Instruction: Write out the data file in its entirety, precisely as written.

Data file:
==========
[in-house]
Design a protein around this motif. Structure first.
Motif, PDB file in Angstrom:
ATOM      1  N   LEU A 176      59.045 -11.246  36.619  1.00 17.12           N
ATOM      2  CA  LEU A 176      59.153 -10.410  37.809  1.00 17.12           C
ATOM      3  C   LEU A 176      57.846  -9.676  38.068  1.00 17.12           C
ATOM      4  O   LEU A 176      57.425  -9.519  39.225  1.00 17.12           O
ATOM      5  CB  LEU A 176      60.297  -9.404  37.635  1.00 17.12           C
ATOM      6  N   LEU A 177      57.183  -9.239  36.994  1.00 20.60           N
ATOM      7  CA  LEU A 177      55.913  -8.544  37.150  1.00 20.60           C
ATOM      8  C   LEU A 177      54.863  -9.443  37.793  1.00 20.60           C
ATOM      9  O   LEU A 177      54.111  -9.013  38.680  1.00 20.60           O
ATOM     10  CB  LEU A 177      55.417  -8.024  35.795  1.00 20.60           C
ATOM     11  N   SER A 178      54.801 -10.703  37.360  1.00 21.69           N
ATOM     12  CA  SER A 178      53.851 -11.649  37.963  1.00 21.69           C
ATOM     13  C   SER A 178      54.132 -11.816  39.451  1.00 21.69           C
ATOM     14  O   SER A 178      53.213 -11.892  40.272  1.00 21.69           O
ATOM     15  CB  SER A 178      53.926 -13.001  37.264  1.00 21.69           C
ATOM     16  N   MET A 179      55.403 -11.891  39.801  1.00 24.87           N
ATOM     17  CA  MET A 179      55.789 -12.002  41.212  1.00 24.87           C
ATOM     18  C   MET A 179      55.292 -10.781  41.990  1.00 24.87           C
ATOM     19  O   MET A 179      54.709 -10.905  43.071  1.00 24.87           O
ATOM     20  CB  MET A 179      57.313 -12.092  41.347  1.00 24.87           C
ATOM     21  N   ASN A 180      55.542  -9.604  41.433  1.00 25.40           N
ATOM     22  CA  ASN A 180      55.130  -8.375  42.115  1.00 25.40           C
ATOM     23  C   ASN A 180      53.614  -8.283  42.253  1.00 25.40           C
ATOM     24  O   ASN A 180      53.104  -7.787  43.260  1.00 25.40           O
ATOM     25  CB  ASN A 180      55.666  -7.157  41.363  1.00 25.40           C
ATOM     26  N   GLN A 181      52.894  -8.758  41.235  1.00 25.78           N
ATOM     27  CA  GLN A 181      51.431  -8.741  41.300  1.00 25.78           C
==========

[in-house]
Design a protein around this motif. Structure first.
Motif, PDB file in Angstrom:
ATOM      1  N   LEU A 176      59.045 -11.246  36.619  1.00 17.12           N
ATOM      2  CA  LEU A 176      59.153 -10.410  37.809  1.00 17.12           C
ATOM      3  C   LEU A 176      57.846  -9.676  38.068  1.00 17.12           C
ATOM      4  O   LEU A 176      57.425  -9.519  39.225  1.00 17.12           O
ATOM      5  CB  LEU A 176      60.297  -9.404  37.635  1.00 17.12           C
ATOM      6  N   LEU A 177      57.183  -9.239  36.994  1.00 20.60           N
ATOM      7  CA  LEU A 177      55.913  -8.544  37.150  1.00 20.60           C
ATOM      8  C   LEU A 177      54.863  -9.443  37.793  1.00 20.60           C
ATOM      9  O   LEU A 177      54.111  -9.013  38.680  1.00 20.60           O
ATOM     10  CB  LEU A 177      55.417  -8.024  35.795  1.00 20.60           C
ATOM     11  N   SER A 178      54.801 -10.703  37.360  1.00 21.69           N
ATOM     12  CA  SER A 178      53.851 -11.649  37.963  1.00 21.69           C
ATOM     13  C   SER A 178      54.132 -11.816  39.451  1.00 21.69           C
ATOM     14  O   SER A 178      53.213 -11.892  40.272  1.00 21.69           O
ATOM     15  CB  SER A 178      53.926 -13.001  37.264  1.00 21.69           C
ATOM     16  N   MET A 179      55.403 -11.891  39.801  1.00 24.87           N
ATOM     17  CA  MET A 179      55.789 -12.002  41.212  1.00 24.87           C
ATOM     18  C   MET A 179      55.292 -10.781  41.990  1.00 24.87           C
ATOM     19  O   MET A 179      54.709 -10.905  43.071  1.00 24.87           O
ATOM     20  CB  MET A 179      57.313 -12.092  41.347  1.00 24.87           C
ATOM     21  N   ASN A 180      55.542  -9.604  41.433  1.00 25.40           N
ATOM     22  CA  ASN A 180      55.130  -8.375  42.115  1.00 25.40           C
ATOM     23  C   ASN A 180      53.614  -8.283  42.253  1.00 25.40           C
ATOM     24  O   ASN A 180      53.104  -7.787  43.260  1.00 25.40           O
ATOM     25  CB  ASN A 180      55.666  -7.157  41.363  1.00 25.40           C
ATOM     26  N   GLN A 181      52.894  -8.758  41.235  1.00 25.78           N
ATOM     27  CA  GLN A 181      51.431  -8.741  41.300  1.00 25.78           C